Takeaway: Petitioner’s alleged threat to file IPRs against Patent Owner, unless Patent Owner pays Petitioner, is sufficient to grant authorization for Patent Owner to file a motion for sanctions against Petitioner.
Based on specific representations made during a telephone conference, the Board authorized Patent Owner to file a motion for sanctions (hereinafter, “Motion”) against Petitioner that includes dismissal of the petitions (IPR2015-01092, IPR2015-1096, IPR2015-01102, IPR2015-01103).
In an e-mail to the Board, Patent Owner requested authorization to file a sanctions motion for dismissal under 37 C.F.R. §42.12 because the real parties in interest allegedly stated publicly that they intend to use the inter partes review (IPR) process for the purpose of affecting the value of public companies. Patent Owner alleged that the real parties in interest threatened to file IPRs against the challenged patents unless Patent Owner met their demands. Petitioner allegedly filed the IPRs after Patent Owner declined to pay Petitioner.
Patent Owner alleged that Petitioner, during argument presented in the telephone conference, waived confidentiality over certain information allegedly relevant to the allegation of abuse of process. The Board instructed the parties to confer to resolve any dispute regarding the alleged waiver. The Board noted that there is a strong public policy in favor of making information filed in IPR open to the public. Further, under 35 U.S.C. § 316(a)(1) and 37 C.F.R. § 42.14, the default rule is that all papers filed in an IPR are open and available for access by the public. A party may file a concurrent motion to seal, along with a proposed protective order, and the information at issue will be sealed pending the outcome of the motion to seal. No protective order has been entered in these proceedings.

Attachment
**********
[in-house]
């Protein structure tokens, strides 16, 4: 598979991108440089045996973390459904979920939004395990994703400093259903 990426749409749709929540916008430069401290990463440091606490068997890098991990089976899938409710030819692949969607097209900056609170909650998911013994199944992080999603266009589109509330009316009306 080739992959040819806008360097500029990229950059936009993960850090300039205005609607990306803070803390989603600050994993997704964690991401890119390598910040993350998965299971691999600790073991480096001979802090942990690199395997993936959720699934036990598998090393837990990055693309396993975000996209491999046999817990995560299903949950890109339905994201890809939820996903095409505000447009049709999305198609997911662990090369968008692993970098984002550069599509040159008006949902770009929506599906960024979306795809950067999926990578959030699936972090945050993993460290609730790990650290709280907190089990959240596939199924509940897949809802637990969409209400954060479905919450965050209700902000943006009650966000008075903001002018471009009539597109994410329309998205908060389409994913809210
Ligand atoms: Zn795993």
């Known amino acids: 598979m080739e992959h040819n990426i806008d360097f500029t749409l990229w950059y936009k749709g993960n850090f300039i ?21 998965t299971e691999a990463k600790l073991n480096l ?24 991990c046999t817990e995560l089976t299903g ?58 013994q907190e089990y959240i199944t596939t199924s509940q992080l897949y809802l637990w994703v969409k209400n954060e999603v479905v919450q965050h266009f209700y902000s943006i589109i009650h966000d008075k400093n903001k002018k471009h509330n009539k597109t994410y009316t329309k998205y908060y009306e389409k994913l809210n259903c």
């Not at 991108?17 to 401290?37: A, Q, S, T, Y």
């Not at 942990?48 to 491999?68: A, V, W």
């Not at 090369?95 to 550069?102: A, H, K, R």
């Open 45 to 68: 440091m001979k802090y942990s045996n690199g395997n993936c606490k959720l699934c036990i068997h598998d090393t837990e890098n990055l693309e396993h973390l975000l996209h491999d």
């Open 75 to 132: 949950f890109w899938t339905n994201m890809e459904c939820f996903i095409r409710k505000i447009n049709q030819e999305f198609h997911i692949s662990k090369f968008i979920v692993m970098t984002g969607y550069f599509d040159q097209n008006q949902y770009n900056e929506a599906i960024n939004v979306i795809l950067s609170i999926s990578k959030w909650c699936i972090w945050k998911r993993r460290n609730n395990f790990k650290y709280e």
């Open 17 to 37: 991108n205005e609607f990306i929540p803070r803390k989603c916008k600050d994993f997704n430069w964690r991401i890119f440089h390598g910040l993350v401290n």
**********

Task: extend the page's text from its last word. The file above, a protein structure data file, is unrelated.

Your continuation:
The Board instructed the parties to provide briefs that address: (1) the elements required to establish an abuse of process, (2) any evidence of intent that supports or undermines the allegation of abuse of process in these cases, and (3) the standard of proof that applies when deciding a motion for sanctions. The Board instructed Patent Owner to file the Motion on the same day as a Preliminary Response or, if no Preliminary Response is filed, then no later than the due date for filing the Preliminary Response. Petitioner was instructed to submit a response to the Motion no later than ten business day after filing the Motion and Patent Owner’s reply to Petitioner’s response is due five business days after Petitioner’s response.
COALITION FOR AFFORDABLE DRUGS VI, LLC. v. CELGENE CORPORATION, IPR2015-01092, IPR2015-1096, IPR2015-01102, IPR2015-01103
Paper 7: Order Authorizing Patent Owner’s Motion for Sanctions
Dated: June 9, 2015
Patents: 6,048,501 and 6,315,720
Before: Michael P. Tierney, Michael W. Kim, Jaqueline Wright Bonilla, Grace Karaffa Obermann, and Tina E. Hulse
Written by: Obermann